Lauren and Mike Derse, owners of two Learning Express franchises, stand on their front porch in Harvard, Mass., on Friday. (Nathan Klima for The Washington Post)

Mike Derse kept his two toy stores open as long as he could, but sometime in mid-March he realized he had no choice but to lay off his entire staff.

“We just didn’t have the cash to keep our employees on the payroll,” said Derse, who closed the two Learning Express franchises he owns with his wife three weeks ago. “ ‘Look, we’re sorry,’ ” he told the 30 workers. “ ‘We’ve had to make drastic changes.’ ”

Like countless other small-business owners living in suspended animation until the coronavirus crisis wears itself out, Derse is hoping to tap a massive federal stimulus program and take out a loan to get his workers back on the payroll as soon as his stores in Bedford, Mass., and Burlington, Mass., are allowed to reopen. But specifics have been murky, he says, and it’s been difficult to get a clear sense of how, or when, to apply for the pool of $349 billion in stimulus money that became available to small-business owners Friday. Major banks like JPMorgan Chase have already warned that they won’t be able to accept or process applications right away.

So far, the only certainty about the outbreak is its ferocity, complicating Derse’s ability to anticipate, much less plan, his next step.

“Most small-business owners are living day-to-day,” he said. “If we have to stay closed for months, will we make it? I honestly don’t know.”

The retail industry, in turmoil long before the pandemic took hold, is facing new and unprecedented challenges. More than 60,000 stores have closed in recent weeks, according to Coresight Research, and entire shopping malls now sit empty as social distancing — which public health officials have called the best defense against the pandemic’s spread — keeps consumers home. Retailers are canceling millions of dollars’ worth of orders as sales have gone off the cliff.

This week alone, nearly 1 million retail workers were furloughed as major brands like Macy’s, Gap, Kohl’s, L Brands and J.C. Penney told most of their employees they needed to stay home, without pay, indefinitely. By comparison, retailers shed 2.6 million jobs in 2008 at the height of the Great Recession.

Analysts suspect the trend line will only worsen: Many of these temporary store closures are sure to become permanent as coronavirus-related shutdowns stretch into the spring and summer. A number of major retailers already are operating under heavy debt loads, making it nearly impossible for them to stay afloat without sales coming in.

“The effects of a universal shutdown are likely to be profound and lasting,” said Deborah Weinswig, chief executive of Coresight Research. “We anticipate that some of the retailers that recently announced temporary store closures, including well-known names, will never reopen their doors.”

The growing crisis, analysts said, will permanently alter an already-battered industry that has struggled to adapt to changing consumer habits as more people buy online and eschew department stores in favor of direct-to-consumer brands. Retailers announced a record 9,300 store closures last year, as such companies as Forever 21, Barneys New York and Gymboree filed for bankruptcy. Many others were hard-hit by the Trump administration’s tariffs on Chinese imports, which have already cost retailers 300,000 jobs, according to Moody’s Analytics.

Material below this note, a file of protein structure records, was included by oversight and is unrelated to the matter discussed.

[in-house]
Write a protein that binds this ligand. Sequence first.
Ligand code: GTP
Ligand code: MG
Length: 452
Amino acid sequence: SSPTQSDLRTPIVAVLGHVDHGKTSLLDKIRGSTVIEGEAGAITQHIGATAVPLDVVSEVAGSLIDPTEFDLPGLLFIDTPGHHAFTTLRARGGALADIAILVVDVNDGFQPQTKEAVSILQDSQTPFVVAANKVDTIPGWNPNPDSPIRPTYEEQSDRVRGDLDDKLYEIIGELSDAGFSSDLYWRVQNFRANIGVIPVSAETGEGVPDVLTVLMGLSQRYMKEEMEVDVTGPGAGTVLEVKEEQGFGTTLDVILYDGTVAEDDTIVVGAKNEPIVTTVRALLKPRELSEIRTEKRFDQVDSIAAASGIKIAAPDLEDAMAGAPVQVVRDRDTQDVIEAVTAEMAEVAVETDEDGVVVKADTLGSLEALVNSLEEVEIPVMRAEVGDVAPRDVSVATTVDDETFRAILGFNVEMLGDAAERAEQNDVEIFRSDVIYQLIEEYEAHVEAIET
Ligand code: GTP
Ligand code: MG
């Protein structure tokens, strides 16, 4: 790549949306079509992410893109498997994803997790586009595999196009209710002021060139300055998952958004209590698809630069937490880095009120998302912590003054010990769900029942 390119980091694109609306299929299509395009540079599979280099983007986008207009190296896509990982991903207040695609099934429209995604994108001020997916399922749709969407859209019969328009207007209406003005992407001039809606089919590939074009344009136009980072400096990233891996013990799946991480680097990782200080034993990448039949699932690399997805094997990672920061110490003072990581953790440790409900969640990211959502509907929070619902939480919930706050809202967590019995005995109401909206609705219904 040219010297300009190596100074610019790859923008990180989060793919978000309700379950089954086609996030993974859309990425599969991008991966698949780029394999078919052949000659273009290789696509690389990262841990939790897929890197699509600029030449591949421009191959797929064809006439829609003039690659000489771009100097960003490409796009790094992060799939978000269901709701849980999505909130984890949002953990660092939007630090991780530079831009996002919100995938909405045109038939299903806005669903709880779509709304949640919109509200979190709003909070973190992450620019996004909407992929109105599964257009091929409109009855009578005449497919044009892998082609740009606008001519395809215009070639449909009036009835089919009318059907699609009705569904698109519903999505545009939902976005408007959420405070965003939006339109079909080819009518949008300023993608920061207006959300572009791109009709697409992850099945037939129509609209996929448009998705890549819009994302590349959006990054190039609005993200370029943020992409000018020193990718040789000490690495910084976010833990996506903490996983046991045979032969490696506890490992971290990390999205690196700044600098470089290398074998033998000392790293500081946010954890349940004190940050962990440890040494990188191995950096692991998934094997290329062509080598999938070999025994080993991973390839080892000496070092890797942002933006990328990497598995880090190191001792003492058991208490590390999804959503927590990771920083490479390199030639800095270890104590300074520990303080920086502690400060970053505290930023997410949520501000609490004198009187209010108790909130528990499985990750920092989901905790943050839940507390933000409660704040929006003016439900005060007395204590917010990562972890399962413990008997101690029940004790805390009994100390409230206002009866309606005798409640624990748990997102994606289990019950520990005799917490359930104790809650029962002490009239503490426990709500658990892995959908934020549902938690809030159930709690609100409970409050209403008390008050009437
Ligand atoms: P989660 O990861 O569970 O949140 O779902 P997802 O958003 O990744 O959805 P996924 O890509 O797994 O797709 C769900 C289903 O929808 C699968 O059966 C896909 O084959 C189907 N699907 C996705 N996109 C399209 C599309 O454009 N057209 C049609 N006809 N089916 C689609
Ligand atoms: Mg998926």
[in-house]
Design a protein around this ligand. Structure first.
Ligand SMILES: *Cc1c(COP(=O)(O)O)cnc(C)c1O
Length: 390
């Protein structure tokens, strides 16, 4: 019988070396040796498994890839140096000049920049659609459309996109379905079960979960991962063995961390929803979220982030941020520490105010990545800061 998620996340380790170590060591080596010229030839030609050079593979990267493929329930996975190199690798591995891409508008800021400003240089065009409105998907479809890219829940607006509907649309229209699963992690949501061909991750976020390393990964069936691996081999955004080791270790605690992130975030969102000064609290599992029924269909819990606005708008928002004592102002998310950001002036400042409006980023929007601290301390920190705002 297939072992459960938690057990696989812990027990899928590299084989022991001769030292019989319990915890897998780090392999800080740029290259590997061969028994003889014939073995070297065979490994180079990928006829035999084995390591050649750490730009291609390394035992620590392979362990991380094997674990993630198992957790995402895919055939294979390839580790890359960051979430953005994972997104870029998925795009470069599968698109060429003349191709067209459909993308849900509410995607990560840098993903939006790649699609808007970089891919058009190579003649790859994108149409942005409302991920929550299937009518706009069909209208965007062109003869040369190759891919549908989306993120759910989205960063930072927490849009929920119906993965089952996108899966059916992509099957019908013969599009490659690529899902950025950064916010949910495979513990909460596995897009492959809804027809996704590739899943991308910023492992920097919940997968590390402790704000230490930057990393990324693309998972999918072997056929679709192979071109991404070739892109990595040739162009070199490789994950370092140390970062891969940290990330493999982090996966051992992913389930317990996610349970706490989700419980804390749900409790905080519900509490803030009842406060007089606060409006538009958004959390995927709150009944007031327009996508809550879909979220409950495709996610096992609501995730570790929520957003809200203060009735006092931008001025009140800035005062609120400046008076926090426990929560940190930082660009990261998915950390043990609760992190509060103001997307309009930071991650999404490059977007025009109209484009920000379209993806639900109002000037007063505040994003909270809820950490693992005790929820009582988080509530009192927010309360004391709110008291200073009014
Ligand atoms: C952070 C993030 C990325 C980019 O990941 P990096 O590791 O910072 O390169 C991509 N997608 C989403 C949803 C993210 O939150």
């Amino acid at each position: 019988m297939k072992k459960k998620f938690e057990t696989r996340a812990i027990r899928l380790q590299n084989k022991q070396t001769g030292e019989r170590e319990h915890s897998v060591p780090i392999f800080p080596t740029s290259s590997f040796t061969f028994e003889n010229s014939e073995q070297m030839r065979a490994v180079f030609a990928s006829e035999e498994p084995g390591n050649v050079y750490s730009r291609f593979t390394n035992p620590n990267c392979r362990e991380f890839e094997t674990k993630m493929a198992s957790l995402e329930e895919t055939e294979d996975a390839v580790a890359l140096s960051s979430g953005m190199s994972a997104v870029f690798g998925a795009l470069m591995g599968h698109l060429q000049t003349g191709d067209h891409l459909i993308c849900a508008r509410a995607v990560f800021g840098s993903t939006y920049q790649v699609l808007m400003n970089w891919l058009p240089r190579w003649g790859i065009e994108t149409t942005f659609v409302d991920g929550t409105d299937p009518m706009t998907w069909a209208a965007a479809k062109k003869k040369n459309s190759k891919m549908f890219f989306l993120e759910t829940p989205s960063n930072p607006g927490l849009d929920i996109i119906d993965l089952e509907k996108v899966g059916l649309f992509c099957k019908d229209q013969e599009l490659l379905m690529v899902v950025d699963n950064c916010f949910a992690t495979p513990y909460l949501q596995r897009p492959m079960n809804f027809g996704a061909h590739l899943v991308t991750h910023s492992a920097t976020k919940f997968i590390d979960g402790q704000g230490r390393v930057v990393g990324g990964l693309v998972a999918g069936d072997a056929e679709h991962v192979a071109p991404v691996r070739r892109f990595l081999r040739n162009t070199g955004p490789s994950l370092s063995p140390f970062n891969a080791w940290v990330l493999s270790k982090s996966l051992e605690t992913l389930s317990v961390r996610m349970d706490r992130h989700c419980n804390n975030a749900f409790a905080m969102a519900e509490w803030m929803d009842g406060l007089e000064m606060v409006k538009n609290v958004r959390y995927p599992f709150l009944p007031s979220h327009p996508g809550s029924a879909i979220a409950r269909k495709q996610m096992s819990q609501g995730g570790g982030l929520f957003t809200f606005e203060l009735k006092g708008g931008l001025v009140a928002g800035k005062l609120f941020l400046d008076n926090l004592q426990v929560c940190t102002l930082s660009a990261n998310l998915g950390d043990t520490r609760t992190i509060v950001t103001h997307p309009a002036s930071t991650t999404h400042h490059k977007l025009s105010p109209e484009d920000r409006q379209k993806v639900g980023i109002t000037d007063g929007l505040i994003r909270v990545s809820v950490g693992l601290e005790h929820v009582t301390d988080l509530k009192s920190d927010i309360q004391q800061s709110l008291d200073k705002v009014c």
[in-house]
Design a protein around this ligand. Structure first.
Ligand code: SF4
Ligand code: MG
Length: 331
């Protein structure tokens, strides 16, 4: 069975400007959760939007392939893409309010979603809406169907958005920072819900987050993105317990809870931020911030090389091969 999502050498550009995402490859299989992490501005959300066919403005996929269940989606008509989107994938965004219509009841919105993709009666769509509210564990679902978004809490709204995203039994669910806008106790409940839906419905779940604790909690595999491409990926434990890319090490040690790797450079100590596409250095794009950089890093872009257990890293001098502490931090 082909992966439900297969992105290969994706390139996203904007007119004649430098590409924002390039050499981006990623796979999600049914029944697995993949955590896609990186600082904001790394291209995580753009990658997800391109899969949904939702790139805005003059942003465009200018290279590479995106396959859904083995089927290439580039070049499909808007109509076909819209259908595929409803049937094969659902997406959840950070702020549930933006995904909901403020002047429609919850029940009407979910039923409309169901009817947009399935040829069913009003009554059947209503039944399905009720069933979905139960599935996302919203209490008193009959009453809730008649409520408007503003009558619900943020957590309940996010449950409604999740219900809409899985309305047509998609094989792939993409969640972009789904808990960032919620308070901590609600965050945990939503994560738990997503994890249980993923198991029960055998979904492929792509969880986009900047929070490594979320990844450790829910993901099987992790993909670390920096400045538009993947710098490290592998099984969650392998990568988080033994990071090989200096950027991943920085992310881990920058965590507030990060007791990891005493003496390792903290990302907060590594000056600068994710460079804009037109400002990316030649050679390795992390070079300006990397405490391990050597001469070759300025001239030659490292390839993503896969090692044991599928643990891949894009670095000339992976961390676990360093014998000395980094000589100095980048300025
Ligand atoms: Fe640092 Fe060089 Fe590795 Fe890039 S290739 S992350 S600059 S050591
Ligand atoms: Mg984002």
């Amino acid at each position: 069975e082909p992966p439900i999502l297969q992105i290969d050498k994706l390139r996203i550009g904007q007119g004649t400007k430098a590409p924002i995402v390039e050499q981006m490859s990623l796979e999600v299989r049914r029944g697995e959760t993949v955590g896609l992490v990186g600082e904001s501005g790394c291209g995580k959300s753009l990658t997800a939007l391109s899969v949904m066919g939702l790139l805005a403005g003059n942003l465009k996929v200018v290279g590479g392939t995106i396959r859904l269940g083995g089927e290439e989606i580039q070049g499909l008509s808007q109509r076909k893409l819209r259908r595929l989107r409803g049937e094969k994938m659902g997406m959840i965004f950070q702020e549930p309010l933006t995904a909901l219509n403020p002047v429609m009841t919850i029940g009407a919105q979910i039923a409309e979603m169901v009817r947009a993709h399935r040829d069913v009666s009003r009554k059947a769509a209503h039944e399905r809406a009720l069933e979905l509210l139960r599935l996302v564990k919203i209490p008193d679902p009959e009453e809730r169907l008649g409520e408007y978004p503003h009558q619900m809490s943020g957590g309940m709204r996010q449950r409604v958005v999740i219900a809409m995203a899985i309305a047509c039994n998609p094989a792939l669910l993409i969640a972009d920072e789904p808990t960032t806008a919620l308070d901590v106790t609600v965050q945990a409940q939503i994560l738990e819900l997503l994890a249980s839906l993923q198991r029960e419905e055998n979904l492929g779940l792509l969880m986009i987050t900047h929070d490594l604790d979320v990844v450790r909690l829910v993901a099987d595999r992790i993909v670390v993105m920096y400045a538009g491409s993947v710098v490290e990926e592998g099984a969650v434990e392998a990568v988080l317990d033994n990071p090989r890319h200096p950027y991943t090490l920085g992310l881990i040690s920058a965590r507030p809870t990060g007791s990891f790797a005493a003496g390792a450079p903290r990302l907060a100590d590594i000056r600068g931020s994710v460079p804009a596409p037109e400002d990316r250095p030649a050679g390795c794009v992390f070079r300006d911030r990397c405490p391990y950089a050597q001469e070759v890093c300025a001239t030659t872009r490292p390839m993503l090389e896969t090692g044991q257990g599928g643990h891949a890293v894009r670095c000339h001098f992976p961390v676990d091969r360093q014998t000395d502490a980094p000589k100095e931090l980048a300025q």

The coronavirus shutdowns, Weinswig said, “are throwing even more salt on those wounds.”

Weinswig projects that at least 15,000 stores will close by the end of the year. Consumer confidence — which until this year had been buoyed by low unemployment rates and a booming stock market — has taken a massive hit in recent weeks, with millions reporting layoffs and pay cuts. Even once the country’s retailers open back up, analysts say it will be a long time before Americans are able, or willing, to spend freely.

The outbreak has given rise to a deep economic downturn with echoes of the Great Depression, paralyzing entire industries and sparking widespread layoffs — from travel to professional services to manufacturing — as cities and states take unprecedented measures to battle the fast-spreading disease that as of Friday morning has infected more than 245,000 Americans. And the health and economic toll will grow: The White House projects upward of 240,000 people will die of the virus, and economists expect that 40 million Americans will be out of work by mid-April.

“This pandemic is going to stay in people’s minds even once it’s over,” said Sharon DiMinico, chief executive of Learning Express, which has 100 toy store franchises across the country. “The economy has basically shut down. People are losing their jobs. Who knows how long it’s going to take to recover from that?”

The company’s stores have canceled countless orders in recent weeks and laid off more than 1,500 workers, she said. Some outlets have begun offering curbside pickup or delivery services, though sales have been spotty. Some vendors have shut down, DiMinico said, and several others have warned that their supply chains were disrupted during coronavirus-related shutdowns in China.

“The longer this goes on,” she said, “the more likely it is that some of these stores will close for good.”

Some retailers have already taken drastic steps. Rogelio Rodriguez found out a couple of weeks ago that the Goodwill Store where he worked would be closing — just temporarily, managers told him — as New York began hunkering down for the outbreak. This week, he was told the Manhattan site would be closing permanently.